Family relationship problems can lead to increased social isolation and reduced wellbeing, but it has been suggested that conflict may be exacerbated by family and societal rituals and expectations relating to Christmas (Relationships Australia, 2018). During this time, it is important to work towards 

managing our interactions in a healthy manner and make the most of our ‘perfectly imperfect’ connections at this special time of year.  

Here are some ideas: 


Be mindful of expectations  

Christmas might not always transpire as the  family reunion you hope for. Plan how you will manage any feelings that may arise, such as anxiety or disappointment. 

Drink in moderation 

It may be tempting to indulge a little too much during the festive period, particularly if it relaxes you, but alcohol has been proven to  contribute to anxiety and depression whilst making stress harder to deal with and affecting our long term mental health . Additionally, alcohol is a depressant, which means it can disrupt that balance, affecting our thoughts, feelings and actions – which is certainly not ideal if tensions are present (Drink Aware, 2021).  

 In the lead up to a big family event such as Christmas Day, reflect on what you will and won’t participate in, and how you might handle difficult situations if they arise. If there is conflict or tension with another family member, prepare for how you’ll respond. For example, if your family member often drinks too much and says inappropriate things, you might prepare some responses in advance to help ease your anxiety and uncertainty. You could say something like ‘I don’t believe this is the time for this topic of conversation but would love to sit down with you over a coffee in the new year”. You could also have some ideas for changing the topic of conversation. You might set other personal boundaries in order to help you move through the situation smoothly. Perhaps you could limit the time you spend with certain people, or choose to sit next to those you feel at ease with.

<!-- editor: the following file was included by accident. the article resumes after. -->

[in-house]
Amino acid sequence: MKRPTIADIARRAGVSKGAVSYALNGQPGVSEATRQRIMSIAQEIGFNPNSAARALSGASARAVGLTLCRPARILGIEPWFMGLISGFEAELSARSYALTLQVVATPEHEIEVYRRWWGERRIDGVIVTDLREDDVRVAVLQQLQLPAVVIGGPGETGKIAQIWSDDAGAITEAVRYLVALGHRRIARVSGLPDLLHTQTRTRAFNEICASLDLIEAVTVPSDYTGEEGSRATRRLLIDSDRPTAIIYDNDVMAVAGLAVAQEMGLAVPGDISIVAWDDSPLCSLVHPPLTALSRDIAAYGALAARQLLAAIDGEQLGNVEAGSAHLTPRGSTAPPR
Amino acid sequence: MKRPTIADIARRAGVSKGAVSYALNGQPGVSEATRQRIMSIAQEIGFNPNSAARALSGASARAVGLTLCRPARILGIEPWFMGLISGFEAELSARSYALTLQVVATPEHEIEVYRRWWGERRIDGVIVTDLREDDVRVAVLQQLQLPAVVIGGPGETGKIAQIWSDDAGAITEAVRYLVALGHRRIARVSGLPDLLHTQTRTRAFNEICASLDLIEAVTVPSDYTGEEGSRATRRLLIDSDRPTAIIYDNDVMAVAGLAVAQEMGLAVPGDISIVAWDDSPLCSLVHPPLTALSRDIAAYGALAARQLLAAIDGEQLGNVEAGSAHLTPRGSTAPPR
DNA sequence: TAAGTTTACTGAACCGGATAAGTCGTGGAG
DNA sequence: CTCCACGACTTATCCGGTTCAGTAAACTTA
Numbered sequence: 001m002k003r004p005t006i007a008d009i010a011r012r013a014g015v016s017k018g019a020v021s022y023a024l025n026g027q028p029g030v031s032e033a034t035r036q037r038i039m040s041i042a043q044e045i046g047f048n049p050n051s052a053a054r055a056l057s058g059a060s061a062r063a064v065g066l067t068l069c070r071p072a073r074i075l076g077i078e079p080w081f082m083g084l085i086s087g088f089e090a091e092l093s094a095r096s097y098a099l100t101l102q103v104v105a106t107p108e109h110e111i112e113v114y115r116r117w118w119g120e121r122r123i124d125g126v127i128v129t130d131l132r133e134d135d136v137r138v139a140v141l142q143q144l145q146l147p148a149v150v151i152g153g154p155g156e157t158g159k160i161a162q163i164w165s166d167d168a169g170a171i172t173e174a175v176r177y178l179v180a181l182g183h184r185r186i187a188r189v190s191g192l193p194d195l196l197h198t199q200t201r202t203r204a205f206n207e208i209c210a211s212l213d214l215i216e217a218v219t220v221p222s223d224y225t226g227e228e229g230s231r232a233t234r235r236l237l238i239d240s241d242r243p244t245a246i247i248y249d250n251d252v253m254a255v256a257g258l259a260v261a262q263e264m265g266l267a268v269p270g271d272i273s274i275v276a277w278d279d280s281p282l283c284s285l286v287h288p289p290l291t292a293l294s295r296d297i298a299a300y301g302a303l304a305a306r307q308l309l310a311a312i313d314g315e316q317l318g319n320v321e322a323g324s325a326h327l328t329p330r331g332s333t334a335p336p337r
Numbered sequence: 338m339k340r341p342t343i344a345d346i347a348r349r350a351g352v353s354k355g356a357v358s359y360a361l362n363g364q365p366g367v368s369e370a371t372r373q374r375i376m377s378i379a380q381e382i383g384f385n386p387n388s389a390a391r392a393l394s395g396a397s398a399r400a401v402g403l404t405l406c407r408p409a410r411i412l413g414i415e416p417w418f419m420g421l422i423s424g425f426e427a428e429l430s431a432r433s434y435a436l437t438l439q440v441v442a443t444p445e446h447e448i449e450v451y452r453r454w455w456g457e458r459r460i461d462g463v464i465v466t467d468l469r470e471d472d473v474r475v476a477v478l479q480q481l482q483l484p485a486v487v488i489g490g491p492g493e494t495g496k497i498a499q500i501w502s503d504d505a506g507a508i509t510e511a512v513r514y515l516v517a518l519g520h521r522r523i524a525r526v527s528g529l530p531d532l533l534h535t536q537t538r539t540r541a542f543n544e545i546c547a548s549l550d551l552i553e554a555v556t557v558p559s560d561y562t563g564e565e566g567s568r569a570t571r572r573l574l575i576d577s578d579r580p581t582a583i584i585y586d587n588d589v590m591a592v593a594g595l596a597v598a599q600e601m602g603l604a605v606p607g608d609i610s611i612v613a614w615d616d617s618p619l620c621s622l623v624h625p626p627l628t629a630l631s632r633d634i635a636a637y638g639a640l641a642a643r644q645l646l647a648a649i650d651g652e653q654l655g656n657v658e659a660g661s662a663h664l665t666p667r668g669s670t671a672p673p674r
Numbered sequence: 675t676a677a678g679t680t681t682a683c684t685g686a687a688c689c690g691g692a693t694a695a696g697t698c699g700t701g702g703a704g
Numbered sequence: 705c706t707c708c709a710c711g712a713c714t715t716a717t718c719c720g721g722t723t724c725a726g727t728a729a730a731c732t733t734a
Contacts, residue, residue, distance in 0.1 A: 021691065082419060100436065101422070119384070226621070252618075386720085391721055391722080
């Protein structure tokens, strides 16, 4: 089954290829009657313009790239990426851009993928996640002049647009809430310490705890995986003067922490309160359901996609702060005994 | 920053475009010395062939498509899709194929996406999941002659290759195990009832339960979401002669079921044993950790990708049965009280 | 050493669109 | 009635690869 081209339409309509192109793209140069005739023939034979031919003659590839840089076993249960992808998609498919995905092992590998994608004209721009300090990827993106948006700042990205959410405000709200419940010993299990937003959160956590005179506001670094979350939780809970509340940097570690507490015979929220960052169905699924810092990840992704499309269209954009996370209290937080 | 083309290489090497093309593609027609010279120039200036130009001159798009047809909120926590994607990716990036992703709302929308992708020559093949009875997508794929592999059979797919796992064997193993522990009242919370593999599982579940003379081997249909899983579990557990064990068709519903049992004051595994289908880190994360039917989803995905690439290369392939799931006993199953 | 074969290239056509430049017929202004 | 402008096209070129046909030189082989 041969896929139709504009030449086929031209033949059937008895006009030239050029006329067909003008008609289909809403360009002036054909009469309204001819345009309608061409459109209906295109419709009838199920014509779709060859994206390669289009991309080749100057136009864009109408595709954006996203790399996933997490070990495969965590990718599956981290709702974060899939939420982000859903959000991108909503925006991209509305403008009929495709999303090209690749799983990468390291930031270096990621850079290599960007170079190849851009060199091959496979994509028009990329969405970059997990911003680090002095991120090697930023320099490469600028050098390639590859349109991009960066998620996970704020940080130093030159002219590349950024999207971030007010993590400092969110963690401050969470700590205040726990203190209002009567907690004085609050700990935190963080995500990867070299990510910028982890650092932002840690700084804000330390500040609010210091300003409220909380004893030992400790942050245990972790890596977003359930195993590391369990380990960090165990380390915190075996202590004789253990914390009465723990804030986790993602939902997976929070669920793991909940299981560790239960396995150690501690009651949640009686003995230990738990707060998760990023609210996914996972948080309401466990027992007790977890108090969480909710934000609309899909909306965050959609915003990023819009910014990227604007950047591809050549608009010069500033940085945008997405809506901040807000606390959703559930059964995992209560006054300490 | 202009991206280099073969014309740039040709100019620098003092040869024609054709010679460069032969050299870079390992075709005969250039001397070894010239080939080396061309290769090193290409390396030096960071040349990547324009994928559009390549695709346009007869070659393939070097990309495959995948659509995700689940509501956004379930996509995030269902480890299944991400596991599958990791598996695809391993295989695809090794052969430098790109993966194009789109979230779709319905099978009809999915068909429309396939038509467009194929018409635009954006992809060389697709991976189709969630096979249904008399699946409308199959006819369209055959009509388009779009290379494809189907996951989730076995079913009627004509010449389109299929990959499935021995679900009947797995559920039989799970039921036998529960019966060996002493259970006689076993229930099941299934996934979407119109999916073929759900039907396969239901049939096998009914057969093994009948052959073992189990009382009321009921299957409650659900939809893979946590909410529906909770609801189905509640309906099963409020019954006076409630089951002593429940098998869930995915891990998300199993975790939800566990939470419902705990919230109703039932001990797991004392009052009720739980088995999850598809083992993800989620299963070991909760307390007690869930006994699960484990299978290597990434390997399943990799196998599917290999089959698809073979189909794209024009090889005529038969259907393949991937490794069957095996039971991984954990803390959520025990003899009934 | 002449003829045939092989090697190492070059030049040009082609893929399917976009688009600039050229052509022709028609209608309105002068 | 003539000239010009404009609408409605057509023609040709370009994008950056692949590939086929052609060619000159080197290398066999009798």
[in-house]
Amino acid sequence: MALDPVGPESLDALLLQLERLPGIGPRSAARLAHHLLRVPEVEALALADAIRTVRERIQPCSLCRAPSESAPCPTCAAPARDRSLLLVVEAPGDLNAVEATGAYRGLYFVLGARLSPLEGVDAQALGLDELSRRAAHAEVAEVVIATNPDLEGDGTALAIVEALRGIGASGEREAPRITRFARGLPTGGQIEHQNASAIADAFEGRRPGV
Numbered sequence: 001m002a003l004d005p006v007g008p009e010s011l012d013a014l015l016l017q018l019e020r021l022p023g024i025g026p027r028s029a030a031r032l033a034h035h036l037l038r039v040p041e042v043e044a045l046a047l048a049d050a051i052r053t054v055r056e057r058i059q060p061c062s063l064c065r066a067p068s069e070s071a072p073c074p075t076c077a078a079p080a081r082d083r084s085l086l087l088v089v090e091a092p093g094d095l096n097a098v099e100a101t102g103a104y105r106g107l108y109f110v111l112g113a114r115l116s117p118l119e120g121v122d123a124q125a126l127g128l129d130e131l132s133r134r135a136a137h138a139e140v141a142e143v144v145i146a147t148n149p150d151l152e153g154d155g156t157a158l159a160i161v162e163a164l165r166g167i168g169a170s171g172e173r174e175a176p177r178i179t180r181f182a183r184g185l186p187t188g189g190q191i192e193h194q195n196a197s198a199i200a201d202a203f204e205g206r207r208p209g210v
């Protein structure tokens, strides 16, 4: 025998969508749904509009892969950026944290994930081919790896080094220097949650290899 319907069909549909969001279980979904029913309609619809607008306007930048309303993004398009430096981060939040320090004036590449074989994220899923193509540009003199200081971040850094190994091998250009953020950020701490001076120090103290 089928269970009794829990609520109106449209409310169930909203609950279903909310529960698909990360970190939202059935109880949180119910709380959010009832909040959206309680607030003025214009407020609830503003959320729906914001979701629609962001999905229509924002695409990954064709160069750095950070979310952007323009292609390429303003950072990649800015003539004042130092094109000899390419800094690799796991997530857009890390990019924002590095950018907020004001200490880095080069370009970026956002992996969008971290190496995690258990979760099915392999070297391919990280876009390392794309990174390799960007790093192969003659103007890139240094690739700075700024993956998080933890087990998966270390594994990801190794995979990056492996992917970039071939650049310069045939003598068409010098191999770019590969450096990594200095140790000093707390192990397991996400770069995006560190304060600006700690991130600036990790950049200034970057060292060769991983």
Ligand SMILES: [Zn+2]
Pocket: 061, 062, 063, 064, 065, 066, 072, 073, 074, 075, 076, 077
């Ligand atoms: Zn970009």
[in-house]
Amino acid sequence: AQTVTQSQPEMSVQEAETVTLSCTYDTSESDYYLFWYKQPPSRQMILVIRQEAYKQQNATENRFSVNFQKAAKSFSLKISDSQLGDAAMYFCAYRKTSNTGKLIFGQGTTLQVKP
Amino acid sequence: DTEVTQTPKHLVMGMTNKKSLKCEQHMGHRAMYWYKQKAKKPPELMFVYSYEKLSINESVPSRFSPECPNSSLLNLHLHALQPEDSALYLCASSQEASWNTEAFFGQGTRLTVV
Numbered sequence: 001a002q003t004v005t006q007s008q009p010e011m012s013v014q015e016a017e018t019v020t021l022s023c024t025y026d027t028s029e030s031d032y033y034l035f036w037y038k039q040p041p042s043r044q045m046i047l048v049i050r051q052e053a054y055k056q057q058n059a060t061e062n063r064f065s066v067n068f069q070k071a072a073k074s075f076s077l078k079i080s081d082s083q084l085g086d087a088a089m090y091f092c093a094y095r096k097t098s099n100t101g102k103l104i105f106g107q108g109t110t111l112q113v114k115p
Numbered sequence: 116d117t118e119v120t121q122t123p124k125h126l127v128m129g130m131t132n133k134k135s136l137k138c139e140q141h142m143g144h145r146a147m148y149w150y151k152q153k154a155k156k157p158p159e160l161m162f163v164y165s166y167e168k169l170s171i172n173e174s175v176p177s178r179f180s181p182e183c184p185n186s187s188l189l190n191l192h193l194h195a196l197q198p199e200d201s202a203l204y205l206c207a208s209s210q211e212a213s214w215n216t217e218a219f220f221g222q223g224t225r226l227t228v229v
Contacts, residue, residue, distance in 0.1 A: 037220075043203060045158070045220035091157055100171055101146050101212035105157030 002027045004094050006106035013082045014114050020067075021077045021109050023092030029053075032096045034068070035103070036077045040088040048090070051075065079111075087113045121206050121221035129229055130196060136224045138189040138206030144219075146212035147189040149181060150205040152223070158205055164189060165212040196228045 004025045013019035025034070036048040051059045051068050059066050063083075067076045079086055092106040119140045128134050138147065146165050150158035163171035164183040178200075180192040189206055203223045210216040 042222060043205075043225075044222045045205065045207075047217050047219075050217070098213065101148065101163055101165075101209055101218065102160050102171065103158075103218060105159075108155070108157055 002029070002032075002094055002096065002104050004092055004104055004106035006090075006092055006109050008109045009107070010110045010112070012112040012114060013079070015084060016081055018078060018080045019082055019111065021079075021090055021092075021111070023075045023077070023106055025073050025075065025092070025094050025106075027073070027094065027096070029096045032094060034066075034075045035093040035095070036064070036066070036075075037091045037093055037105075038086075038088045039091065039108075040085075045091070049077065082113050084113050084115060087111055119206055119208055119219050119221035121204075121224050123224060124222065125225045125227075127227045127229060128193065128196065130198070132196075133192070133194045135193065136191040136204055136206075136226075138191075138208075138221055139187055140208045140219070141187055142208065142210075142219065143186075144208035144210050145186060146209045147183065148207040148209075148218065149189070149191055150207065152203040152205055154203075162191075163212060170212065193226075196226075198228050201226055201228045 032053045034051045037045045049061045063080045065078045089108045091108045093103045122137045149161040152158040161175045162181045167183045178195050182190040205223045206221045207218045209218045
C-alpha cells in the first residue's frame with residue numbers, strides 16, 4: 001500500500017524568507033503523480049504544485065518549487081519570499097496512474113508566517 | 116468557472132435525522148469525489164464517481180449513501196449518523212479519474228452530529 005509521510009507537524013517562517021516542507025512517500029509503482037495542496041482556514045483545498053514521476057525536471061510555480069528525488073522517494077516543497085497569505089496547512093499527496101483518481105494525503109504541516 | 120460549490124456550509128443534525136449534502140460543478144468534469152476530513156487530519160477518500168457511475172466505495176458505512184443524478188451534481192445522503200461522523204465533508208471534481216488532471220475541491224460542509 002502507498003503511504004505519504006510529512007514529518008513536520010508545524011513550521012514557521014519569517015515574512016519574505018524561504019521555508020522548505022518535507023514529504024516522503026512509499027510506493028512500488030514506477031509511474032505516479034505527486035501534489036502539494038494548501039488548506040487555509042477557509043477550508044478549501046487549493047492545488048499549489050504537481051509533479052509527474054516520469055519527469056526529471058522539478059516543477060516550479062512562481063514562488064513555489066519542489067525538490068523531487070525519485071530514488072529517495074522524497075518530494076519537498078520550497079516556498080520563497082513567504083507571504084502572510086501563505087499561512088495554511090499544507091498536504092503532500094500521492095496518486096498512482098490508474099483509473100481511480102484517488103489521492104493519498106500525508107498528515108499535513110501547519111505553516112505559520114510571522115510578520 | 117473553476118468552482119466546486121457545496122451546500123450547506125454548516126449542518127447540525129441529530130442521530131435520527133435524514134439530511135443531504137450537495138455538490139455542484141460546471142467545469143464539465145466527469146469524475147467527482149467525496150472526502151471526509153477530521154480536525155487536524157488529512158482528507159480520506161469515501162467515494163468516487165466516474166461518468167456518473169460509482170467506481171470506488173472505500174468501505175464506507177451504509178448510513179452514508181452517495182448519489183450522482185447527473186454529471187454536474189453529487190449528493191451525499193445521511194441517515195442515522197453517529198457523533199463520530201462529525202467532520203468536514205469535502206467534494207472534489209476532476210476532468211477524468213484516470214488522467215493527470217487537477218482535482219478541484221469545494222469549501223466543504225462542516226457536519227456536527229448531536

Additionally, you could have an empowerment statement to say to yourself throughout the day if you feel your anxiety levels increasing, such as ‘I am perfectly safe, all is well’. Remember, you can also  politely excuse yourself from conversations or behaviour that crosses your boundaries.   


Managing Loneliness During The Holidays